Written by Jacob Ouellette
Director of Media Relations - Sanford Mainers
Baseball is filled with its ups and downs and its unpredictability. For the Sanford Mainers 2012 season, a lot of the same can be said.
Finishing the regular season with a 15-26 record, it could easily be assumed that playoffs were out of the question for this year’s team.
However, the team managed to hold on to a postseason appearance; facing the Newport Gulls in round one and forcing a game three after walking off in the bottom of the tenth inning in game two on a bases loaded single by Boston College catcher, Nate LaPointe.
Despite the final results of the season, the Mainers had many positives to take away with them.
It started with the return of Manager Aaron Izaryk to coach the Moose for his fourth straight season.
Alongside Izaryk, pitching coach Lee Jatkevicius and hitting coach Tim Atwood returned for their second season -- the first time a full coaching staff has stayed with the team for consecutive years in franchise history.
The returning members didn’t stop there. Pitchers Tripp Davis out of the New Jersey Institute of Technology and Nate Jones from Wake Forest University returned to the hill. Offensive players Jose Torralba from Canisius College and Paul Kronenfeld from Georgia Tech also came back to Sanford for their second seasons.
These players lead a team that put together results that, by most standards, seemed out of the ordinary.
Offensively the Mainers finished ninth out of a total ten teams in the entire league with a .268 batting average; however, the pitching staff held a cumulative 4.69 earned run average -- good enough for second in the league.
It was a year that most who followed the team knew not to judge by the stats in front of them, but the progress the team’s players made.
Jordan Betts, an infielder from Duke University, came to Sanford after playing fifty-five games for the Blue Devils, smacking only four home runs.
In less than forty-five games for the Mainers, Betts hit eleven home runs. This total broke the team’s previous home run record of seven set by Maryland outfielder Mike Montville in 2011. It also placed him third in the league.
Not only did Betts break the team’s individual home run record, he helped lead the Mainers to a total twenty-eight home runs, breaking the previous franchise record of twenty-one set back in 2004.
The power behind his bat gave him a spot in the home-run derby competition at the All-Star Game in which he finished second to Laconia’s Danny Collins who ended the season breaking the league home run record with nineteen.
However, the success at the plate for Betts didn’t stop there. He drove in thirty-six runners all summer -- six more than the previous franchise leader Ryan Crew of the 2004 squad.
It wasn’t just Betts who made an impact at the plate for the team though. Fairfield University’s Anthony Hajjar consistently stepped up, stringing together multiple hit streaks over the course of the summer, as well as earning himself a spot at All-Star Game.
Jordan Hagel came to the team in the later part of June, but quickly made his mark, keeping his batting average anywhere between .350-.450 all season long. This too helped him make his way to the All-Star Game.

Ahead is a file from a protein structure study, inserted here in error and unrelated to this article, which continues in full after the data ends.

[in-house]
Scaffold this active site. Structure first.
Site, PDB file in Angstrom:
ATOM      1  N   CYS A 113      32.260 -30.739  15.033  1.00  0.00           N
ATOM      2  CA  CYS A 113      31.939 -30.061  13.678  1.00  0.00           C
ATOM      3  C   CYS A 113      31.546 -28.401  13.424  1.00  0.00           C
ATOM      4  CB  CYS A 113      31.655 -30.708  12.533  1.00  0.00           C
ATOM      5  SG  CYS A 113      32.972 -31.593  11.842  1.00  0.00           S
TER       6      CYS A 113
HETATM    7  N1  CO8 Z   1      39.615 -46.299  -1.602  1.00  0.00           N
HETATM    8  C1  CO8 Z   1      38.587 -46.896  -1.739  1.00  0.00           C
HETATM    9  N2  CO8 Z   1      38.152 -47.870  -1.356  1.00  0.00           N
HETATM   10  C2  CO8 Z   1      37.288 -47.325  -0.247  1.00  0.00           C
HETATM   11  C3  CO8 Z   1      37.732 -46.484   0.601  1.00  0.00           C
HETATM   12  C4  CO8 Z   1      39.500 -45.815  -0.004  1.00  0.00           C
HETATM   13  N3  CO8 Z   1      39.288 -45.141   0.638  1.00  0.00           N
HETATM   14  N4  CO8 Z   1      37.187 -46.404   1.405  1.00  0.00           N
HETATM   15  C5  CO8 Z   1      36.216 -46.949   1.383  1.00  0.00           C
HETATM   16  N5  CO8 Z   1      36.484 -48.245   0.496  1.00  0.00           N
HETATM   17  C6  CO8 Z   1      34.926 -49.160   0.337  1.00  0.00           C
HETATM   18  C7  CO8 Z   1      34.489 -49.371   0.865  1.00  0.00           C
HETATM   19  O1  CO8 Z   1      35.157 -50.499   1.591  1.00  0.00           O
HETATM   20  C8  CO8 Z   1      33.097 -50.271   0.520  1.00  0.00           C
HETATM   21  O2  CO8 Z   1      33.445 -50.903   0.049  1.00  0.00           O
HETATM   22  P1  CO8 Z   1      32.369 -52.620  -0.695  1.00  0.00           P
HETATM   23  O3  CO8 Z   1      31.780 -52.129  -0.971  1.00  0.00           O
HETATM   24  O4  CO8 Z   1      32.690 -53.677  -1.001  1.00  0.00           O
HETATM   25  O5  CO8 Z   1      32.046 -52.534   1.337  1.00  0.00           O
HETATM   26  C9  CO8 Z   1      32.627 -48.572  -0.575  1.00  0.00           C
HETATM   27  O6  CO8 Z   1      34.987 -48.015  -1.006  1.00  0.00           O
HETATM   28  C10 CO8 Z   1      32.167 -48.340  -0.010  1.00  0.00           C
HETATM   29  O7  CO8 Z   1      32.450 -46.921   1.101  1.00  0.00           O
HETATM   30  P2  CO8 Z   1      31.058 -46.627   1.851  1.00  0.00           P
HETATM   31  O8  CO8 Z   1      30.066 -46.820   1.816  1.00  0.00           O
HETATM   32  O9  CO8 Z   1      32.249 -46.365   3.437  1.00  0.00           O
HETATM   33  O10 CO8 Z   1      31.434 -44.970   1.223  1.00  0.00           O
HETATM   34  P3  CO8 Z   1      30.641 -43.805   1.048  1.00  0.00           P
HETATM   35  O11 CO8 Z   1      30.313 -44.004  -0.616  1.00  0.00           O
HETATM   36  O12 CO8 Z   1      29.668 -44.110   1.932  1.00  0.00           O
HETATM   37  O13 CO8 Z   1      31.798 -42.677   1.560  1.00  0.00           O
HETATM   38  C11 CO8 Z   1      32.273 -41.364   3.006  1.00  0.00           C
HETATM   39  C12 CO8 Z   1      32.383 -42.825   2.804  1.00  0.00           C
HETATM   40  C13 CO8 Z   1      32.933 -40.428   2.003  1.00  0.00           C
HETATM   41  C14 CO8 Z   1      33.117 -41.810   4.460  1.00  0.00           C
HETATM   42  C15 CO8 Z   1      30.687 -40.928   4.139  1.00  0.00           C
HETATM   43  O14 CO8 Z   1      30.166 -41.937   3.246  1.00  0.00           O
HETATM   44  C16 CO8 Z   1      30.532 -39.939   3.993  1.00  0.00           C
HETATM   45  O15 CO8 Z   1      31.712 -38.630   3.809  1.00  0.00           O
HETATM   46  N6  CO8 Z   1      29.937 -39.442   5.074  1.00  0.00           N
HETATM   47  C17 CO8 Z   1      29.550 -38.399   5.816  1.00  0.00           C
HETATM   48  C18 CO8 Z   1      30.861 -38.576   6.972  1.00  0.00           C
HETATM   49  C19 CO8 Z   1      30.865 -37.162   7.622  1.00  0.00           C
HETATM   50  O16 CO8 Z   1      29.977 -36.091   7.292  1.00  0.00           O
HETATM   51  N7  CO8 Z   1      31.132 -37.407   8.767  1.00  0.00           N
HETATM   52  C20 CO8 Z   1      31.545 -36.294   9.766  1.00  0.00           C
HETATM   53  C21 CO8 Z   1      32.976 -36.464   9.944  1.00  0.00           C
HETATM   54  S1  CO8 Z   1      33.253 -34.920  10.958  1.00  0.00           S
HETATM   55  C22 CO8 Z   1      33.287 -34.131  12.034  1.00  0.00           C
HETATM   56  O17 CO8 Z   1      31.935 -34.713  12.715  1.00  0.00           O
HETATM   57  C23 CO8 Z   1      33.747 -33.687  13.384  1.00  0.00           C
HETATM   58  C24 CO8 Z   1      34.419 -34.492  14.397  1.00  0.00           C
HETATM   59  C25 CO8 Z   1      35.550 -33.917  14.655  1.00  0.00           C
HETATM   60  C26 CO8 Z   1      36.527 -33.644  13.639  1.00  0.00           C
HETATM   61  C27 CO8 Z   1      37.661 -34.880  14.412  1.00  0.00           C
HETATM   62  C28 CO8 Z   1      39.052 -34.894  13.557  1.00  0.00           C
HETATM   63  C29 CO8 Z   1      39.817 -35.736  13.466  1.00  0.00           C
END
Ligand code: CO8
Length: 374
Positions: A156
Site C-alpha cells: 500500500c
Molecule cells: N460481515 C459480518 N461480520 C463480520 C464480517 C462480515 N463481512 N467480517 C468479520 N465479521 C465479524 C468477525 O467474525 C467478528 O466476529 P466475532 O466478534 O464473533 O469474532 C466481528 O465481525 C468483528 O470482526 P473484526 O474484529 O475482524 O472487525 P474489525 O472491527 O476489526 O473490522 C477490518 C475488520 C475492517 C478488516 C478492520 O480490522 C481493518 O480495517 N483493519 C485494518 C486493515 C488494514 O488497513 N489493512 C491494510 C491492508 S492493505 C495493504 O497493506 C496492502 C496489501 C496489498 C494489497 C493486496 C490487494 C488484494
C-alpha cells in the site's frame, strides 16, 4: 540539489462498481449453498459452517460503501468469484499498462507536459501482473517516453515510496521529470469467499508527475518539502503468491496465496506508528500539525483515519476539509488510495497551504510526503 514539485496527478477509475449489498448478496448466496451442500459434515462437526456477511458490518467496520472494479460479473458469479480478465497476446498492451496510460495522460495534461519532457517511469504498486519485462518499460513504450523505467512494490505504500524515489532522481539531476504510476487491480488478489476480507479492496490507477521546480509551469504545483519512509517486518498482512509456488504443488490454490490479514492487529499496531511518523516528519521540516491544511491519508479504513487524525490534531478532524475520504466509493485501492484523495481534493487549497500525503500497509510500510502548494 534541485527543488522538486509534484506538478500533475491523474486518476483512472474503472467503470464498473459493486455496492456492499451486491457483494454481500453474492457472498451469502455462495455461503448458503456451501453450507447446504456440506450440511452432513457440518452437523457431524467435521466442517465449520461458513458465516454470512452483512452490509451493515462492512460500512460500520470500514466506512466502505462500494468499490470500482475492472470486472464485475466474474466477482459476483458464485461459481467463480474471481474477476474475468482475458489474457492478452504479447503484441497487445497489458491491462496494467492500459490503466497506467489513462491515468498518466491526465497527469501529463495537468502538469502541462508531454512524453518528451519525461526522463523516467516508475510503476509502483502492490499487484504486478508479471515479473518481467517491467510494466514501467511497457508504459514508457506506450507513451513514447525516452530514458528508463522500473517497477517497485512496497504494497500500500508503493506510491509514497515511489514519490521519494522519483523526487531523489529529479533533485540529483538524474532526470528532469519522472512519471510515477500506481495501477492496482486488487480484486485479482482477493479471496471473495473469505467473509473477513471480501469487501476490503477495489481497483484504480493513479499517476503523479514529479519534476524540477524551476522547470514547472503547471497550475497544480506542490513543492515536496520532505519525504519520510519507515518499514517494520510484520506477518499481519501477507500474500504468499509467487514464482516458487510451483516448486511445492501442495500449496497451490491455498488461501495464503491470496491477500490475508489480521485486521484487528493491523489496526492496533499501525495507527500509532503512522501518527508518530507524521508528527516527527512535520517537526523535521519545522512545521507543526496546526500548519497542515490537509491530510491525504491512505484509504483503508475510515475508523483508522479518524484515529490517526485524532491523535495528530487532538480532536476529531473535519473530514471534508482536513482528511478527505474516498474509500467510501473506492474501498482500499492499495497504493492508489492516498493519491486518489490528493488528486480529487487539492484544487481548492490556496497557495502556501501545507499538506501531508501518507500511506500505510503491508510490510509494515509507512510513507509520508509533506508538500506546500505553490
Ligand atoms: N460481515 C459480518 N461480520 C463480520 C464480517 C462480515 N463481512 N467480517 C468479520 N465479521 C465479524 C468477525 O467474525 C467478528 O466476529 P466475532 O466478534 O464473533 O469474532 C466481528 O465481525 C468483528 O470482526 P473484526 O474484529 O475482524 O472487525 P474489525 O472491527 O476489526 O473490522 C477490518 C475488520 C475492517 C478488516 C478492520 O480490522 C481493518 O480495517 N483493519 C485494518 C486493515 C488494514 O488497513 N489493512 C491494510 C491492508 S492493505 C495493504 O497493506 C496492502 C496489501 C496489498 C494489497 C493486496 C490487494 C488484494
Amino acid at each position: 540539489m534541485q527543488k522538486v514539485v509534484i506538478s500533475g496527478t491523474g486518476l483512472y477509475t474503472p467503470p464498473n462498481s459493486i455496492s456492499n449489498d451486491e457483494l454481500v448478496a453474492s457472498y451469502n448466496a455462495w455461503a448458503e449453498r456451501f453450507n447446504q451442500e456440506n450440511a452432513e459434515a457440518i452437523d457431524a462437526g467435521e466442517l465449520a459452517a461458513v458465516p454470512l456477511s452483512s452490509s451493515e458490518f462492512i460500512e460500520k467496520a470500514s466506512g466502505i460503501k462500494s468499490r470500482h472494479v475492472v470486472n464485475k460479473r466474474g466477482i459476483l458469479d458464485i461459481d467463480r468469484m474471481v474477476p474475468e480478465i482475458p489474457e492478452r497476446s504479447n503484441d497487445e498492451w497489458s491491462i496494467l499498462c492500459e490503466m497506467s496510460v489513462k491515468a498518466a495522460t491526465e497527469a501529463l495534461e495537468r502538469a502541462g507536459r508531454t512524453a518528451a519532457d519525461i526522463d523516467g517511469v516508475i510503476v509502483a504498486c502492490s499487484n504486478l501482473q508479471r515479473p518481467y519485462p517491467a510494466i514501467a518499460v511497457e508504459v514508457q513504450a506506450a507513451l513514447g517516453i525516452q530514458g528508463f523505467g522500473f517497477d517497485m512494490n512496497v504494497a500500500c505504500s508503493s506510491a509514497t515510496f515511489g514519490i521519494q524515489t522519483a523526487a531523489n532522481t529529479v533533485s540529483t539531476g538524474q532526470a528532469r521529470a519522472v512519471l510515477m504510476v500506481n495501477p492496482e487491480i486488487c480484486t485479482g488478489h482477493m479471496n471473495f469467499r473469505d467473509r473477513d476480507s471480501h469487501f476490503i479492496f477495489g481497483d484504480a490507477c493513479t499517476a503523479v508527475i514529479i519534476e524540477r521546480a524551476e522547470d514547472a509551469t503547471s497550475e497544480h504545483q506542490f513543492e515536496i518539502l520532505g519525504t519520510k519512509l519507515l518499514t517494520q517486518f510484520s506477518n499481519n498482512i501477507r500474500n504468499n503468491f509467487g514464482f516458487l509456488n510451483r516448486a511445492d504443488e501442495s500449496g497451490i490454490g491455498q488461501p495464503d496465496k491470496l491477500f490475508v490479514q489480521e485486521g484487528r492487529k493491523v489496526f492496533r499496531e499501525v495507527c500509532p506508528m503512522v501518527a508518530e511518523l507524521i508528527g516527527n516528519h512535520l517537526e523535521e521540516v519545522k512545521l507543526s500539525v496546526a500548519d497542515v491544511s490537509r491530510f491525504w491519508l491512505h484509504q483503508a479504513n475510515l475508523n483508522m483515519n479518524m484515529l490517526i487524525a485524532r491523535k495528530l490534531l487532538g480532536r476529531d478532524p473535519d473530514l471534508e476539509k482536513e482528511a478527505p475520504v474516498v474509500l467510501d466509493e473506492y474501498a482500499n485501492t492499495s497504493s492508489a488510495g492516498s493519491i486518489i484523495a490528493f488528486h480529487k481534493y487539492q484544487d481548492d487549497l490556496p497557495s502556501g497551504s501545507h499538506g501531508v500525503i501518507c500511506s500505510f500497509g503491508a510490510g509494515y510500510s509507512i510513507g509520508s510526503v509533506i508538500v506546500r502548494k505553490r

These players contributions are only a brief sample of what was brought to the table this summer, offering a glimpse of the moments that went beyond the season’s final statistics.
Coach Izaryk continued his success with sending players to the All-Star game, placing six players on the Eastern Division’s roster.
By the end of the season the team struggled with injuries and other limitations, but other players stepped up to fill the void, especially in the playoffs.
Two-way player John Gorman from Boston College went from warming up in the bullpen to roaming the outfield grass come the start of the postseason.
One notable moment for Gorman was hitting a two-run towering blast to left field in game two against the Gulls.
Pitcher Matt Horan from Franklin pierce also went from the bullpen to the batter’s box as he was called on to fill the designated hitter slot in the line-up. Horan joined Gorman in providing the team with postseason heroics, hitting a shot of his own just afterward.
In game three, LaPointe was injured after a collision with a runner at the plate. Utility player Will Cooper out of Vanderbilt University moved from left field to the backstop, throwing on catcher’s gear in order to fill the team’s need until the end of the game.
Eastern Connecticut State’s Evan Chamberlain followed in the footsteps of Gorman and Horan before him, leaving the bullpen and stepping into the line-up to fill in the gaps.
These player situations are only a few examples of what this team was able to accomplish over the summer, leaving one important thing to be said about the 2012 Sanford Mainers. Though they may not have ended the season with the most impressive results on the field, the team came through for each other when they needed to most.
The 2013 season will be open to new opportunities for many new players as the search for a third franchise championship remains the ultimate summer goal.
For now though, Goodall Park in Sanford, Maine will remain quiet in regard to Sanford Mainers’ baseball. Not until the beginning of June will the Green and Yellow return, bringing with the near-guarantee of another unpredictable season.
For updates and information on the Sanford Mainers visit www.sanfordmainers.com.
All photos were taken by 2012 Sanford Mainers Photographer, Jillian Genereux